I repeat the whole process with the vacuum cleaner and again, they have all been trained to accept it, so they stand quietly and happily. I do believe that they really DO enjoy being cleaned…even if they do go back and roll almost immediately…LOL!
Then comes the face-wiping followed by the Johnson’s Baby oil in the manes and tails. I do not cut their bridle paths in the winter. It gets very cold here and I don’t want them to lose heat from their bodies.
Then it is time for them to be returned to their stalls. I have two rescues (re-trains) in this group and they watch intently as the old troopers enter their stalls and behave impeccably!
When Chasity was returned to her stall, I asked her to walk through the narrow space between my truck and the wall of the barn. My assistant was filming from the bed of the truck and as I said earlier, we do not move over for them! Chasity walked quietly through the narrow space, did not rush or push me, but followed obediently. She was sent into her stall, turned around and got her reward. Then, it was Wrangler’s turn.
Francis is a mini mule that I got 10 years ago and to this day, she is still suspicious of humans, but is learning to trust. She can be fully groomed in her stall with no halter, but she can become quite a handful when outside the stall. Her natural reaction is to bolt and run any time she get the chance. When I return her to her stall, I set her up for success by looping the end of her lead rope around the stall bar so if she does bolt, she won’t be able to pull the lead rope from my hand and will be forced to turn around and face me. She didn’t even try to bolt this time, kept the rope loose and returned to me for her reward. Then I went and got Mirage, our 26-year-old miniature horse, and returned him to his stall. The grooming of all 17 animals only took me 2 hours! Organized practices and teaching good manners makes all the difference!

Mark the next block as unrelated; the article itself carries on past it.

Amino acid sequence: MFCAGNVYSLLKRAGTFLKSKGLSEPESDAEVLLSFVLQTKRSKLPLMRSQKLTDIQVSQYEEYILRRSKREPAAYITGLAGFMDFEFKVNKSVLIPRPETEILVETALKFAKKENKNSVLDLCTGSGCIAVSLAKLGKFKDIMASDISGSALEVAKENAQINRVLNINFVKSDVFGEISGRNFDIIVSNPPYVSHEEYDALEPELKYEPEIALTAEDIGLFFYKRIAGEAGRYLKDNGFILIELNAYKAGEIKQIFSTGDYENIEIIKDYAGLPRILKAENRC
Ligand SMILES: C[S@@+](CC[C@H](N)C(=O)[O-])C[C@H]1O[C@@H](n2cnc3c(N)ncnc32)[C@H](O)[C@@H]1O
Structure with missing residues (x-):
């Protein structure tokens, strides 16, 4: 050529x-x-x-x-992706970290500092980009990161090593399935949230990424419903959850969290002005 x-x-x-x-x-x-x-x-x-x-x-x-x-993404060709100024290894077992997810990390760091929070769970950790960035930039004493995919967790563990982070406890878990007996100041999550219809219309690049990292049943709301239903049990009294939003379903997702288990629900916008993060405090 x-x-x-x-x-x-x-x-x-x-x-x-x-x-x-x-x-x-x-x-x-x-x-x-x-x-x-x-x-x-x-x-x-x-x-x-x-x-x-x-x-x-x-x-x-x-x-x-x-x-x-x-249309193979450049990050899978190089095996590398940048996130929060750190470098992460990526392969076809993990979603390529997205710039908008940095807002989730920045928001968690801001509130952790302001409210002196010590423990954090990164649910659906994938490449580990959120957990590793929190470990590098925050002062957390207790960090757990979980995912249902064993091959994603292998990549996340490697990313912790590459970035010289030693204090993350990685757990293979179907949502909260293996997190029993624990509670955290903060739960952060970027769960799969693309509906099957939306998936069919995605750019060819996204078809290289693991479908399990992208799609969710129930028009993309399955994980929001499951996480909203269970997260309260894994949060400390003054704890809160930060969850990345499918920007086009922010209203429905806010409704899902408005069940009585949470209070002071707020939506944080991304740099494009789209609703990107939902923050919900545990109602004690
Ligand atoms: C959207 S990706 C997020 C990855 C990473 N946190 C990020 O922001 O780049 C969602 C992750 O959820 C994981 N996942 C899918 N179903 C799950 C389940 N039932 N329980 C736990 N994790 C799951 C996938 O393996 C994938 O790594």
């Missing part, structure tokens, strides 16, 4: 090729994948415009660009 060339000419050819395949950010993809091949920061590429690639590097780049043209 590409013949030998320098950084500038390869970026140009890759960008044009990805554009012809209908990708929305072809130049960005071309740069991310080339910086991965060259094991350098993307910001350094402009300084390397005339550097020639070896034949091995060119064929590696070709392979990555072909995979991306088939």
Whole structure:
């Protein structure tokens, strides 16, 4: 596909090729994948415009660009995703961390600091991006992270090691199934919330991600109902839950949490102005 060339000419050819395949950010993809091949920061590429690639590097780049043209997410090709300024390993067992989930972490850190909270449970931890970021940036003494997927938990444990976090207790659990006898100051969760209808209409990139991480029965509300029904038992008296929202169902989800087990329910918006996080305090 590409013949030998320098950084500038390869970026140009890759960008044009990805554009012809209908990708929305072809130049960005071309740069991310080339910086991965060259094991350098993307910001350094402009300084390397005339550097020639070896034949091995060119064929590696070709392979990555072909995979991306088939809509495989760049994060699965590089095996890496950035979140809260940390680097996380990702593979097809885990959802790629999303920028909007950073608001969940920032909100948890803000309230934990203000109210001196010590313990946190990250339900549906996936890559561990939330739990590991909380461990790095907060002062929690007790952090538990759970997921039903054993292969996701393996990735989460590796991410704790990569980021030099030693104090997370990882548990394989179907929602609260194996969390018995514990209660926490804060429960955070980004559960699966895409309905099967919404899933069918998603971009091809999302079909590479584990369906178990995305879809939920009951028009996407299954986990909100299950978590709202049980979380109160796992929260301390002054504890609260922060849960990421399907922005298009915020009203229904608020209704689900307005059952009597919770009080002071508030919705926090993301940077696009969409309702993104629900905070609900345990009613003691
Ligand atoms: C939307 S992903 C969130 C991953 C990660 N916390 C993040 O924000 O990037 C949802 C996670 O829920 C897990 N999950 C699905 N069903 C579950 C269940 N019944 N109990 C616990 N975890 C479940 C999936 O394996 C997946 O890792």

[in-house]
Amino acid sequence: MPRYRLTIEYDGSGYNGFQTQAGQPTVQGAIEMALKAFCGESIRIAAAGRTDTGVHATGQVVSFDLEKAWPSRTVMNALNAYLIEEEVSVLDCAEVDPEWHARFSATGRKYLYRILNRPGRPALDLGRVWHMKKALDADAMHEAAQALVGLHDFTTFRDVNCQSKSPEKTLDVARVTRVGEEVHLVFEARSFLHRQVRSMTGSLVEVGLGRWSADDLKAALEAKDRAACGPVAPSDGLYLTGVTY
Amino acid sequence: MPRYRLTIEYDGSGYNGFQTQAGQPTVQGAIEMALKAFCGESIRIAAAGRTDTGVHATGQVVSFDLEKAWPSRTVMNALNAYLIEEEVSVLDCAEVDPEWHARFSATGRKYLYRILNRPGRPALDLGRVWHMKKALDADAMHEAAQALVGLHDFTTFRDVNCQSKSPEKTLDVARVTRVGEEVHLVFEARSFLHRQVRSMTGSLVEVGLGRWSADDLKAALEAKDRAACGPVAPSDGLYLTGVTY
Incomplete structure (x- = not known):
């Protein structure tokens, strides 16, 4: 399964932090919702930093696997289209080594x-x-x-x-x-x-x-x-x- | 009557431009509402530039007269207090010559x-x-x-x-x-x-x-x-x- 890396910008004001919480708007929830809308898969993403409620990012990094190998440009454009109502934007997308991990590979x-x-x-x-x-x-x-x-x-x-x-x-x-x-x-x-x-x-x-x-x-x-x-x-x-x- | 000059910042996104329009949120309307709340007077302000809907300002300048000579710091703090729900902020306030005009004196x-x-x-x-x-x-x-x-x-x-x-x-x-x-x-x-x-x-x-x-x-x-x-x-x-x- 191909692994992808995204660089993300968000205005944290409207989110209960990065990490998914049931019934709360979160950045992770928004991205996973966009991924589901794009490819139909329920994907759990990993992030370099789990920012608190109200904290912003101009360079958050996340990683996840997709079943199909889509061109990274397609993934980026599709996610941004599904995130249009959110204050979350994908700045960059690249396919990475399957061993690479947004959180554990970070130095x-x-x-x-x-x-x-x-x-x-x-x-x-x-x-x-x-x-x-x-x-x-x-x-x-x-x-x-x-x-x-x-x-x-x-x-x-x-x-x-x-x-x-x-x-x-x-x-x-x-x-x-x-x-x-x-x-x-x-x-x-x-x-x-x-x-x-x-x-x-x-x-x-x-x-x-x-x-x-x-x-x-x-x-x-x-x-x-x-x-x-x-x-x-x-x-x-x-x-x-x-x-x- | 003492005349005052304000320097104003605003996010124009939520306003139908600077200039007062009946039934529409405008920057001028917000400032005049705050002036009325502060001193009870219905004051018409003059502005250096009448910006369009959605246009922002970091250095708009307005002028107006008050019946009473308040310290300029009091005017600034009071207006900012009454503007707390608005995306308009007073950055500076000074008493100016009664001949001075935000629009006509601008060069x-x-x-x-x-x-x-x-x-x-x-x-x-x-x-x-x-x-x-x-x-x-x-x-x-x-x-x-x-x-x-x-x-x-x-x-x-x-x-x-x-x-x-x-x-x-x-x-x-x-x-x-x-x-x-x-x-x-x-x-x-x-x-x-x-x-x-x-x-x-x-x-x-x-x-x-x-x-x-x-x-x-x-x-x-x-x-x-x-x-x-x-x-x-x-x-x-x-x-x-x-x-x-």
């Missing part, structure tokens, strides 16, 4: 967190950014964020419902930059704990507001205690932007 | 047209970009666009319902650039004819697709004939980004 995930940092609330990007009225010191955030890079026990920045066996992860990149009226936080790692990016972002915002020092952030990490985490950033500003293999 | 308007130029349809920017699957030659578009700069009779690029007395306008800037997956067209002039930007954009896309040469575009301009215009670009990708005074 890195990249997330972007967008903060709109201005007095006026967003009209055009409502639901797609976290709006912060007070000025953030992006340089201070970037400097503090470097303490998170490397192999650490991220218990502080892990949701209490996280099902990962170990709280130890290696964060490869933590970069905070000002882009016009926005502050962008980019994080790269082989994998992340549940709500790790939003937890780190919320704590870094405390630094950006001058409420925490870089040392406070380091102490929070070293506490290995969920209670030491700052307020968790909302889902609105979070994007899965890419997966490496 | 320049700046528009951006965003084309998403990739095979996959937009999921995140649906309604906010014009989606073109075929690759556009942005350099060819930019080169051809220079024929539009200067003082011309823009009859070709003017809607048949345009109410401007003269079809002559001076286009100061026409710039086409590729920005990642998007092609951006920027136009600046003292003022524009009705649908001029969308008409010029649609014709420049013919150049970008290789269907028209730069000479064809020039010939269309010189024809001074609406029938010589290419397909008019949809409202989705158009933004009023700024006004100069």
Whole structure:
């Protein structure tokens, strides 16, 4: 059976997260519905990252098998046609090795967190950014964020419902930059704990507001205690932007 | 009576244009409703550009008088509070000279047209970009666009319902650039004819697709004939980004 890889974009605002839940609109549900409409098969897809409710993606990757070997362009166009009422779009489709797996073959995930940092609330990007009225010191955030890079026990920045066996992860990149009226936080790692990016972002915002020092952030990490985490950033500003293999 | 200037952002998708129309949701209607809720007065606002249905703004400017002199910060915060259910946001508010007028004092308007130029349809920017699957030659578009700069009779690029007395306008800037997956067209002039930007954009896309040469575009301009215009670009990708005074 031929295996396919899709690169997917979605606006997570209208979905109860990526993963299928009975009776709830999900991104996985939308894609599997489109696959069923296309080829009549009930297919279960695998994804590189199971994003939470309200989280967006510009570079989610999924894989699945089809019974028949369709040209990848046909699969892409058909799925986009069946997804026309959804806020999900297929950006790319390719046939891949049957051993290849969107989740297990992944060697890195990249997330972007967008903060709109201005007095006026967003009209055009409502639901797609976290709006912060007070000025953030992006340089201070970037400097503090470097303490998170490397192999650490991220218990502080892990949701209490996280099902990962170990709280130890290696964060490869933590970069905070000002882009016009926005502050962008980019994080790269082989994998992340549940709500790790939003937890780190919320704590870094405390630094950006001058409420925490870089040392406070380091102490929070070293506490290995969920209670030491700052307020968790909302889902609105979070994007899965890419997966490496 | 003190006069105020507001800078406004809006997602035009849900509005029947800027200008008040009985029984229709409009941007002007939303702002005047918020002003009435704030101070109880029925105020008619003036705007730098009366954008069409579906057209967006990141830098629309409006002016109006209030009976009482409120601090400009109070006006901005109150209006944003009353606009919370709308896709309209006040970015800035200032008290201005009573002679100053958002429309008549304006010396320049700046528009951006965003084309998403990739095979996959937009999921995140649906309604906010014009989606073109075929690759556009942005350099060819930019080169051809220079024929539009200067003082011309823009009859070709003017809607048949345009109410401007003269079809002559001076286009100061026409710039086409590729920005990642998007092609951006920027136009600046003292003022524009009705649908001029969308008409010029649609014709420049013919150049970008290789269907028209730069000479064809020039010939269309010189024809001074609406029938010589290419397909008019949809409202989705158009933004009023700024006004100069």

The equine vacuum cleaner is not only a way to dry clean your equine, but it can also be used as a muscle therapy tool and to promote good circulation. Of course, the first thing to do is to gently introduce the equine to the vacuum cleaner.
As you vacuum, do it slowly and purposefully. The vacuum will remove dirt and grime and leave a healthy bed for hair shafts to grow.
The suction from the vacuum cleaner grabs large patches of hide and pulls subcutaneous muscle tissue and blood vessels towards the surface. This allows more room for muscle tissue and blood vessels to expand and develop in a healthy way. Here I am vacuuming our rescue draft mule, Rock’s shattered hip where there is a lot of internal damage to the joint and severe atrophy of the muscles involved.
On the left is 39 year old mini mule, Franklin before vacuuming, and then after vacuuming on the left side only in the picture on the right. As you can see, you get measured results almost immediately. The vacuum gently shapes and molds the muscle tissue into a more uniform area.
When Rock first arrived, although being a 17 year old Belgian Draft mule, he had severe muscle atrophy throughout his entire body.
After only six months of vacuum therapy, chiropractic, massage, proper diet and only fifteen minutes a week of leading exercises, his body was completely transformed!